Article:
At Barts Fine Arts and Custom Framing, opened in June by siblings Sean and Danielle Barts, the company reaches out to customers with the slogan, “You name it, we’ll frame it.”
A quick scan on social media indicates they live up to that saying. Movie posters, portraits, sports jerseys and memorabilia, even swords, have been the subjects of recent works by the Main Street Wendell shop.
A project the Bartses completed Aug. 23 is one of the most historic they have ever framed, and it wasn’t for a customer. The 40-by-24-inch shadow-box display is a memorial to the Bartses’ late grandfather, Major Victor Terrelonge, who a Tuskegee Airman during World War II – one of the first class of African-American military pilots in the United States Armed Forces.
“He was extremely proud,” Sean Barts said of his grandfather, who passed away in 2011 at age 88. “He was active in the community – he did high school tours just to bring awareness and teach kids about who (the Airmen) were and what they did. He didn’t talk about it to us much, but whenever we did ask about it you were in for a long story.”
The shadow box is a busy one. It features a photo of Terrelonge in uniform joined with a more recent photo of him; a bronze replica of his Congressional Gold Medal, which was presented to him and fellow Airmen in 2007; wings and an identification patch from his uniform and three Tuskegee Airmen patches.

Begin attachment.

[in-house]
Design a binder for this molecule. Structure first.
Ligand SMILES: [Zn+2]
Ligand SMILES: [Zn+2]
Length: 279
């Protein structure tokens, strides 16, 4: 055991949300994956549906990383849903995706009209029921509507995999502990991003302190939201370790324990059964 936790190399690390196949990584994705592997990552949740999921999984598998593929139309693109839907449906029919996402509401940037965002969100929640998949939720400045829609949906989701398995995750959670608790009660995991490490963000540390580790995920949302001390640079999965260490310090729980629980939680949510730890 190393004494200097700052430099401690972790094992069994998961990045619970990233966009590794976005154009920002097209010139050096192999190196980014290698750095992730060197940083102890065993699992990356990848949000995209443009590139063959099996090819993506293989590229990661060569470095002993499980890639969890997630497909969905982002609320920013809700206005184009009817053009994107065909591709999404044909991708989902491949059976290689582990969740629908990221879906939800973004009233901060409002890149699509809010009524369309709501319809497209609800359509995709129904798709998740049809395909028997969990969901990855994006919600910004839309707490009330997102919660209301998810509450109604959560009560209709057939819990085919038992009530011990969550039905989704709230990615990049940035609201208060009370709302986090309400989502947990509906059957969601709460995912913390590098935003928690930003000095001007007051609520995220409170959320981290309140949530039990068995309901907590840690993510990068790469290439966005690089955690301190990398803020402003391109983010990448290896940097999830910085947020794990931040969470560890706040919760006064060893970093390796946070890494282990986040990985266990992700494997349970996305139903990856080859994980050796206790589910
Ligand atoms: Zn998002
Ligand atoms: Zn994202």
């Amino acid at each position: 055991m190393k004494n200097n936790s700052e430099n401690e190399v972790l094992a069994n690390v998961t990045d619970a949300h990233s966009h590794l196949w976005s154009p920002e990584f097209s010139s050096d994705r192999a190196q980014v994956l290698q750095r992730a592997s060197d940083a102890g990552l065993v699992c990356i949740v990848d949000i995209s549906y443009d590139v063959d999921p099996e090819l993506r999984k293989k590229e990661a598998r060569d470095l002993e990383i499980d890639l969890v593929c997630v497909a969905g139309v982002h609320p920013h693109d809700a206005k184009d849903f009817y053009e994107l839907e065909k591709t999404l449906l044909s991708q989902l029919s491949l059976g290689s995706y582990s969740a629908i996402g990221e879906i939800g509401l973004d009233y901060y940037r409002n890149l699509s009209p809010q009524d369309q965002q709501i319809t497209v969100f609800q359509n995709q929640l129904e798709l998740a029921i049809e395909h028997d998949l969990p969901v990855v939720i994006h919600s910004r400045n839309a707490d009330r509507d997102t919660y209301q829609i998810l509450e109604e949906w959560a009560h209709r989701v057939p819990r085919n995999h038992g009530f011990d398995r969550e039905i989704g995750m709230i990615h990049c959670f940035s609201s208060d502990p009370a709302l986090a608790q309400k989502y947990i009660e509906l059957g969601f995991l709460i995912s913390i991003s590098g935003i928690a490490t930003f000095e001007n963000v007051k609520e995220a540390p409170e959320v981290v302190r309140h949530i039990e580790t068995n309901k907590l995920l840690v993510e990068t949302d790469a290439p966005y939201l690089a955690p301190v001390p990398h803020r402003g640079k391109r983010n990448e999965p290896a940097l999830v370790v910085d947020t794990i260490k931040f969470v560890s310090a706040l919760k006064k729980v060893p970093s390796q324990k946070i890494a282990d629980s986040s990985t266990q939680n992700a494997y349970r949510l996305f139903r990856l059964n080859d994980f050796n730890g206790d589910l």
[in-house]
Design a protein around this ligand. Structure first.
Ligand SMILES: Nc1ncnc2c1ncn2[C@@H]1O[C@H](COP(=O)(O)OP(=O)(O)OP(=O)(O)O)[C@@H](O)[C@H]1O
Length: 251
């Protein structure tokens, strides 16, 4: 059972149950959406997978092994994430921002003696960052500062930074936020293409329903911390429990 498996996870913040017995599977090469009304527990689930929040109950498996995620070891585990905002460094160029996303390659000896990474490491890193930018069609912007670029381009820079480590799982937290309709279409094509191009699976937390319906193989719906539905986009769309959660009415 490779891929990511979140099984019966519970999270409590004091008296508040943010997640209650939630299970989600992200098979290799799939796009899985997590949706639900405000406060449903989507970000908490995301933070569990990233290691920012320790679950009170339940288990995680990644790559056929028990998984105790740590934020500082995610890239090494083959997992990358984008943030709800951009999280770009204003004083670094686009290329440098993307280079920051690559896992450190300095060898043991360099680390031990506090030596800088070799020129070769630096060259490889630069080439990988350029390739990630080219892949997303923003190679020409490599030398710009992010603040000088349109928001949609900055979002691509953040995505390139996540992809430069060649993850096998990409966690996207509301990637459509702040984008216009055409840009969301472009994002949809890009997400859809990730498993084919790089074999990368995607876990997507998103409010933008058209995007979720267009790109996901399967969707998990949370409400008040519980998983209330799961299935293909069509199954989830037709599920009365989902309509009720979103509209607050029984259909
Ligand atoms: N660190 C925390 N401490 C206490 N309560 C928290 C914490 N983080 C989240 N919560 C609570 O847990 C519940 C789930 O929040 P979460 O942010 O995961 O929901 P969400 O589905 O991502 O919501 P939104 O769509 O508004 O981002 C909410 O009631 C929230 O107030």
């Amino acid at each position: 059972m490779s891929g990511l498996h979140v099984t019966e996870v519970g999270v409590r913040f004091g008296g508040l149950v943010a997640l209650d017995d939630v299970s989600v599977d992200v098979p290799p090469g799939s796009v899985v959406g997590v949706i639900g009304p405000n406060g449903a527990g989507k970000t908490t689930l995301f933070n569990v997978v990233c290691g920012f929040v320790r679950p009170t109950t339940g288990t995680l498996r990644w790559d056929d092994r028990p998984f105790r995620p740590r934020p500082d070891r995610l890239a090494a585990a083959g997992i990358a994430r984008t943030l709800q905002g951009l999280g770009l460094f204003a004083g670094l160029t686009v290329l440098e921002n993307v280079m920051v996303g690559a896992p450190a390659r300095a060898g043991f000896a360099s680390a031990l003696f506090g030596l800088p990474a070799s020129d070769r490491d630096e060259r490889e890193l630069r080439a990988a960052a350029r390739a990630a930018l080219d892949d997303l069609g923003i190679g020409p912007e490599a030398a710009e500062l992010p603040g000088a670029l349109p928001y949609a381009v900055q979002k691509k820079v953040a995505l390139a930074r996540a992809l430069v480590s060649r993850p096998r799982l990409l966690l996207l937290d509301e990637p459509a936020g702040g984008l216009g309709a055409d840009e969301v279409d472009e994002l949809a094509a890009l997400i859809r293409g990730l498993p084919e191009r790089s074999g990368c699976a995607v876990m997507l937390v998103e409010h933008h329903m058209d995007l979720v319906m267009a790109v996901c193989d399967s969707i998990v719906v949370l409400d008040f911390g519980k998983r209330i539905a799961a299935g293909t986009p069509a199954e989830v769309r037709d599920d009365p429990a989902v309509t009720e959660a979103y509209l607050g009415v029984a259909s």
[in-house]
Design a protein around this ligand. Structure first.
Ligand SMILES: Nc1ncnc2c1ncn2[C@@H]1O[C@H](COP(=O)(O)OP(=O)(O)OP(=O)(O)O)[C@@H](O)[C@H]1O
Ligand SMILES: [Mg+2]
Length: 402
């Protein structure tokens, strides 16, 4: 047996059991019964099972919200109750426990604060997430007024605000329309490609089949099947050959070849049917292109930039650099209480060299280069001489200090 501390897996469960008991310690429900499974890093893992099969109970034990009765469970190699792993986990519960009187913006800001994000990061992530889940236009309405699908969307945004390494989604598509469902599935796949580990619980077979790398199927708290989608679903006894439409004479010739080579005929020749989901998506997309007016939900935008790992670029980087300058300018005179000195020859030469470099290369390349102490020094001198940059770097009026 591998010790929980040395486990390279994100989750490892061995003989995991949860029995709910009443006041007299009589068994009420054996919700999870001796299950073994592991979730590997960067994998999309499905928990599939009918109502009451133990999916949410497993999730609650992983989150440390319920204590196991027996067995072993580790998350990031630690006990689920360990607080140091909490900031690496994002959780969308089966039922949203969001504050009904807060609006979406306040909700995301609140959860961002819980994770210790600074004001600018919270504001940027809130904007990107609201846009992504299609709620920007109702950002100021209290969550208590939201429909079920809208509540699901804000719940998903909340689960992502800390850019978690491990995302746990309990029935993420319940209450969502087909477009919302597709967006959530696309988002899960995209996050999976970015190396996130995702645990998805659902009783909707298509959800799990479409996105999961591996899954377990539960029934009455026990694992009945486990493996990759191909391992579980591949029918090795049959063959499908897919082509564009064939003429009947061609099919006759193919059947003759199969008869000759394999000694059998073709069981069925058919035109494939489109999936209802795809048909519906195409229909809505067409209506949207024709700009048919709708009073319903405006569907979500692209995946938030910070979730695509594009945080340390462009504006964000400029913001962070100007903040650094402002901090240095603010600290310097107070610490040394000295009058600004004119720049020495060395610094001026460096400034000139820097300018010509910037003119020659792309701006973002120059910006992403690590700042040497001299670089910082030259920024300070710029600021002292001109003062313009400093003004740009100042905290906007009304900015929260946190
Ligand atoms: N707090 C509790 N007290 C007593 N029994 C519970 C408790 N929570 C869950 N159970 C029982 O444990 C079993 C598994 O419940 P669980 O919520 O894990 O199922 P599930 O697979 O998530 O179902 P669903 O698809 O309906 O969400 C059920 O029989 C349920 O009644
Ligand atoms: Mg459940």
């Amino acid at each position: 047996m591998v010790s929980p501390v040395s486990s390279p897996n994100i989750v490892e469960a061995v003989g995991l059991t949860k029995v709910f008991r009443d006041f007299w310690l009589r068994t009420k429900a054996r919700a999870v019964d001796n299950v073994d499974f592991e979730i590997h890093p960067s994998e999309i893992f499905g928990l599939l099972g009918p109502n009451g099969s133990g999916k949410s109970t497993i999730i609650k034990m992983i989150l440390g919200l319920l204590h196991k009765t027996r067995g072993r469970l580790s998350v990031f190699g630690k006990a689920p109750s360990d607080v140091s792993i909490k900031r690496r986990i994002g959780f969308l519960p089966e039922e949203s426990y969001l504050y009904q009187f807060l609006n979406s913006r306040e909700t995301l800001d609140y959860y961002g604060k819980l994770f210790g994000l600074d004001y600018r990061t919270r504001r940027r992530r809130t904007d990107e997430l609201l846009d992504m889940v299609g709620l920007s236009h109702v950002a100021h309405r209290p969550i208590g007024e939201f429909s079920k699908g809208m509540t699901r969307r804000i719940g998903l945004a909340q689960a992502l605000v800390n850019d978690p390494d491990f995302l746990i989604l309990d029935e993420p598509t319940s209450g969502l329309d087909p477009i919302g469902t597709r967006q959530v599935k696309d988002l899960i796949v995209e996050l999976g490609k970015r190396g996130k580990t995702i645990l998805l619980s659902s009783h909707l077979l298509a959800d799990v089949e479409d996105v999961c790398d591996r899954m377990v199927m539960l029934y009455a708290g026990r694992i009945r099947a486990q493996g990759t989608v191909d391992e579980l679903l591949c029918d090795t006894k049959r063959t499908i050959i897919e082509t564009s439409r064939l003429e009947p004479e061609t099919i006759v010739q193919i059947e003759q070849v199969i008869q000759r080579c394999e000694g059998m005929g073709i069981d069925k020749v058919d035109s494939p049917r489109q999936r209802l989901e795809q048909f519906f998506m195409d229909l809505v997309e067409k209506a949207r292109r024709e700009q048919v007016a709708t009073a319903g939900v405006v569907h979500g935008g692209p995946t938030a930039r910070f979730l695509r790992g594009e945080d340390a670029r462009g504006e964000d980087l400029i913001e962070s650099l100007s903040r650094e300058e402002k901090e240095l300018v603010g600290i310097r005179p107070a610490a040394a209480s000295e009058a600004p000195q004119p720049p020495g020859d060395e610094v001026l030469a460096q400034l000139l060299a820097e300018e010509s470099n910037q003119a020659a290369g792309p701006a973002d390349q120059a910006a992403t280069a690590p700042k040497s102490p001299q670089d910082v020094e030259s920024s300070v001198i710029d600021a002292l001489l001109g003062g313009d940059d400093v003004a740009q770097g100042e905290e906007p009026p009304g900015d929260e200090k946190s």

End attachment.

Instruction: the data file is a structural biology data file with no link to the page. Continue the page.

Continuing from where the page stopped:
It also includes an American Flag; several items of military memorabilia and medals honoring the legacy of the Tuskegee Airmen; a book opened to a page about the Tuskegee Airmen National Historic Site; his invitation to the 36th annual Tuskegee Airmen awards gala and his pocket knife.
“As a black man in America, that’s a very momentous thing to be considered such a hero,” Barts said. “Of course, it wasn’t until years later after the war they got the recognition they deserved.”
Deciding what to do with an old box of Terrelonge’s heirlooms after his death came easy for the Barts siblings.
After their father passed away in August, 2014, Danielle Barts said they first considered liquidating the framing business he left behind.
“Considering the volume of his inventory and his customers, we decided to carry out his legacy,” Danielle Barts said.
In opting to continue the business and give it a new home in Wendell, the duo had all the means necessary to turn their grandfather’s belongings into a lasting piece of art.
“What better way to put (the memorabilia) to use than figure out some creative way to showcase it,” Sean Barts said. “A lot of people have had family members who have been in wars and have memorabilia that’s just sitting in boxes, so why not showcase it?
“And its a feeling of pride when you walk past it say, hey, that’s my grandfather.”
For now, the plan is to keep the shadow box at the Wendell shop. Sean Barts said it may give customers who come from military backgrounds new ideas.
“Some family could walk in who had a son in Desert Storm who might say, hey, we have all this stuff, I’d love to do something like this,” he said.